Alexander epic under fire for bisexual twist
A new film about Alexander the Great has been slammed for its bisexual depiction of the Greek hero.
14:32 20 November 2004
Oliver Stone's new film about Alexander the Great has been slammed by a group of Greek lawyers, who claim that the movie director's bisexual depiction of the king is 'pure fiction.'
The group are suggesting that the film's distributor Warner Bros should be sued for skewing history.
Speaking to Reuters, Yannis Varnakos, who is spearheading the legal campaign on behalf of the lawyers, said: "We are not saying that we are against gays, but we are saying that the production company should make it clear to the audience that this film is pure fiction and not a true depiction of the life of Alexander."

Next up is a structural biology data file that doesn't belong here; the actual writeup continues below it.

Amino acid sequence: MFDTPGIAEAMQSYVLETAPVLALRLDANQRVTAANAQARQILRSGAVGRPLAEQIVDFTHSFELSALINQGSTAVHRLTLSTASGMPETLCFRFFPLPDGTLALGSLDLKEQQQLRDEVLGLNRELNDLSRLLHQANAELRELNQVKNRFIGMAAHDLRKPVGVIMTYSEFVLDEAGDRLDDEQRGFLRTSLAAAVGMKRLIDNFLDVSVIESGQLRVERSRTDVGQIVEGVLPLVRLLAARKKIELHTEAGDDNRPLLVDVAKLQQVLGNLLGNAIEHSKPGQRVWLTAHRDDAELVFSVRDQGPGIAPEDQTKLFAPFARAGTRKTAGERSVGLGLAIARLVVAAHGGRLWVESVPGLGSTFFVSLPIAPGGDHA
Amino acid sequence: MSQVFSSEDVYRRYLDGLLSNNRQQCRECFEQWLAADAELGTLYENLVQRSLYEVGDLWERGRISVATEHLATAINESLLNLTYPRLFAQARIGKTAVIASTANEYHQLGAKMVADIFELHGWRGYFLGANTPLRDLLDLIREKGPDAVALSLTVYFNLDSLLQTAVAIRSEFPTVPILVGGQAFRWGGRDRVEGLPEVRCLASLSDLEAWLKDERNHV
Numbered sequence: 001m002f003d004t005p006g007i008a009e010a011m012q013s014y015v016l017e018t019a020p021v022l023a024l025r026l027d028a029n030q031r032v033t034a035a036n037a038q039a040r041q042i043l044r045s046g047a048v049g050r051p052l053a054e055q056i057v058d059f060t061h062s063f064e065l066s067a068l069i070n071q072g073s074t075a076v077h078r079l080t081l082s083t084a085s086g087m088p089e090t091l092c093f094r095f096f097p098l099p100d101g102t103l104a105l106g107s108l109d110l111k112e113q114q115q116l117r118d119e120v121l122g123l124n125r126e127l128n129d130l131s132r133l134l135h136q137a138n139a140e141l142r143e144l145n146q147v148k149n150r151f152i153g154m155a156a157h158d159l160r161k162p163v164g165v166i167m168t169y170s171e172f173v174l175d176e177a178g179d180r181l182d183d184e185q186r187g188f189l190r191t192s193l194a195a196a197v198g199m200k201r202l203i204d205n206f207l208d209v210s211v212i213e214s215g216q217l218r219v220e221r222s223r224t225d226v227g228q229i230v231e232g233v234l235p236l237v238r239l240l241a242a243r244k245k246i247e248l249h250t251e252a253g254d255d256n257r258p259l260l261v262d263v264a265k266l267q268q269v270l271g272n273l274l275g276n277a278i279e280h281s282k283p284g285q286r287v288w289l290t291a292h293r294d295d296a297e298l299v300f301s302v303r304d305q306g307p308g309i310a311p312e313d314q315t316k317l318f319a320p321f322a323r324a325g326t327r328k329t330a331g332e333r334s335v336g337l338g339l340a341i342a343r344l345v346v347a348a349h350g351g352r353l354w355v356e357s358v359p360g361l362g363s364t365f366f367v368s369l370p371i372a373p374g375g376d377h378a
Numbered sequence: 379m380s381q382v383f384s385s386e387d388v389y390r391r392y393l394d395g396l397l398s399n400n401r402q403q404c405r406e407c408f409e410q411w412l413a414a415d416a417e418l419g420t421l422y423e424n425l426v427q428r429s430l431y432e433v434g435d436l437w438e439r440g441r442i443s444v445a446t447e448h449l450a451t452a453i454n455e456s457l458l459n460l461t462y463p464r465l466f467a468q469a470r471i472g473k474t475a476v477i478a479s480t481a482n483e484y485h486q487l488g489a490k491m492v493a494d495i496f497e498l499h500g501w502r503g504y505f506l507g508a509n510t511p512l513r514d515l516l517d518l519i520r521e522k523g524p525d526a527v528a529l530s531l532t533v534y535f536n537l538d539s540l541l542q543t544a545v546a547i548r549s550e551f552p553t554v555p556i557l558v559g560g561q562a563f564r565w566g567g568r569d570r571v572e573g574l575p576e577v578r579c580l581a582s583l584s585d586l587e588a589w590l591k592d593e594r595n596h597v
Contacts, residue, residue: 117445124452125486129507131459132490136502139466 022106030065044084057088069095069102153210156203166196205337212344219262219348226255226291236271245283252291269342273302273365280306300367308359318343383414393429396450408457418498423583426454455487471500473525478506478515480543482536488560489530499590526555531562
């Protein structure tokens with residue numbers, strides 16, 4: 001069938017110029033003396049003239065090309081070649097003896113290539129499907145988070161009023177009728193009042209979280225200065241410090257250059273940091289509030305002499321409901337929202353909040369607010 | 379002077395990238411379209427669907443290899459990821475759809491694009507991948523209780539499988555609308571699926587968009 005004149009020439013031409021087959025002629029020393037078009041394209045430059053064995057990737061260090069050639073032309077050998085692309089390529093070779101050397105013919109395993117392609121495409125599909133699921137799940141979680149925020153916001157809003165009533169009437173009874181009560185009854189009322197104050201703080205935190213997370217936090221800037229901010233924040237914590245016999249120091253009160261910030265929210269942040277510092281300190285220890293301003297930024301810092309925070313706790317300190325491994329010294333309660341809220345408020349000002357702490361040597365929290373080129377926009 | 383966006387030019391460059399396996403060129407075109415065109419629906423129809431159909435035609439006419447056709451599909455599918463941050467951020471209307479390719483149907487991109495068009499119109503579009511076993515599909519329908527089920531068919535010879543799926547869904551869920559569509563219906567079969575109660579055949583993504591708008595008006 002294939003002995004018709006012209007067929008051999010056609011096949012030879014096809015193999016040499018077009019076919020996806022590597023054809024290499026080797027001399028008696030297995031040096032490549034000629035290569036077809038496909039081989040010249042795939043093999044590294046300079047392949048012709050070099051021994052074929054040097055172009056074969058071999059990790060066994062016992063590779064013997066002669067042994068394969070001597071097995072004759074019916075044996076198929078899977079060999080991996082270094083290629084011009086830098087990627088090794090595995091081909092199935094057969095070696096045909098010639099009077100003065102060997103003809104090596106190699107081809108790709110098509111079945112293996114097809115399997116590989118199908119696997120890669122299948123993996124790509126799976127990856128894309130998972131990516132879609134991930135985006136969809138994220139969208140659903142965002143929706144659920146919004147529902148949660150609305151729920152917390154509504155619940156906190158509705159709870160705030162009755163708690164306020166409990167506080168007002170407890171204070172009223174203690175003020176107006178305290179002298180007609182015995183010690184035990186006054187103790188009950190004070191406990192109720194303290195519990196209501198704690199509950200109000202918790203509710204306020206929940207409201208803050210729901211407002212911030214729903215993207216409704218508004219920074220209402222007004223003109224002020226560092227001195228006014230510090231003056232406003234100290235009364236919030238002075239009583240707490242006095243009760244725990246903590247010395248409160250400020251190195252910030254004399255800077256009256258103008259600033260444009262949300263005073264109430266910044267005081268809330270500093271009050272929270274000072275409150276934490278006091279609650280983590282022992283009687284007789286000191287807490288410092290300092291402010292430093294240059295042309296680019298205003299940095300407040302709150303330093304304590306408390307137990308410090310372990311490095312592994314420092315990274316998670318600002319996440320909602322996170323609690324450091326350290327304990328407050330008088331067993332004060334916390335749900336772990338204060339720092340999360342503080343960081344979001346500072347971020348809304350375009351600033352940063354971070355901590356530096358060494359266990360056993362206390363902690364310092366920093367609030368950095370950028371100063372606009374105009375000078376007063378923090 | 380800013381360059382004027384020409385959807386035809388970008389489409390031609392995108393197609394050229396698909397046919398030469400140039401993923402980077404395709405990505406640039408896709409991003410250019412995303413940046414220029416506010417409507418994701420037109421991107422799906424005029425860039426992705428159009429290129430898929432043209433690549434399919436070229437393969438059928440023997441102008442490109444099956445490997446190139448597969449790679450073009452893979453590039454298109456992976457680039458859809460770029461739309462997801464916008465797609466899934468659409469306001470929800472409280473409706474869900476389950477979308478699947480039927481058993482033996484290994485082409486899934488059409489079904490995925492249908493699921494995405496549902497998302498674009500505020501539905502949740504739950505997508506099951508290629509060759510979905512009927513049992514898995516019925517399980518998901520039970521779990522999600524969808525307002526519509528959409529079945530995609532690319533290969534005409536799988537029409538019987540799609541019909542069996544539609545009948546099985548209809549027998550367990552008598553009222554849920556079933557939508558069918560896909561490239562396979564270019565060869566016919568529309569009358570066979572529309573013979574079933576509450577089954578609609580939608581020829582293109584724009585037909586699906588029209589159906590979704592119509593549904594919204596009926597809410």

Stone stresses that he went to great lengths to maintain the historical accuracy of the film, using the services of a historian on the set of the $160 million (86 million pound) epic, which stars Colin Farrell as Alexander.
The controversial filmmaker said there was no question that Alexander had "a polymorphous sensuality and was an explorer in the deepest sense of the word."
The film, which includes scenes of a passionate embrace between Alexander and his best friend Hephaestion - played by Jared Leto - has been welcomed by the Gay and Lesbian Alliance Against Defamation (GLAAD).
Stone's portrayal of the Macedonian king is also supported by the film's cast, including leading man, Colin Farrell.
"Oliver made the film as historically accurate as possible, and ambivalent sexuality was something of the times and part of the character," Farrell said in a recent interview with Reuters.
The film, which opens on Wednesday, reflects pagan civilization around 330 BC, when Alexander captured the world's mightiest empire, Persia.
The filming of the epic largely took place in Morroco and Thailand. The Athens News Agency claims that government opposition to Stone's portrayal of the Greek hero meant that no scenes were filmed in Greece itself.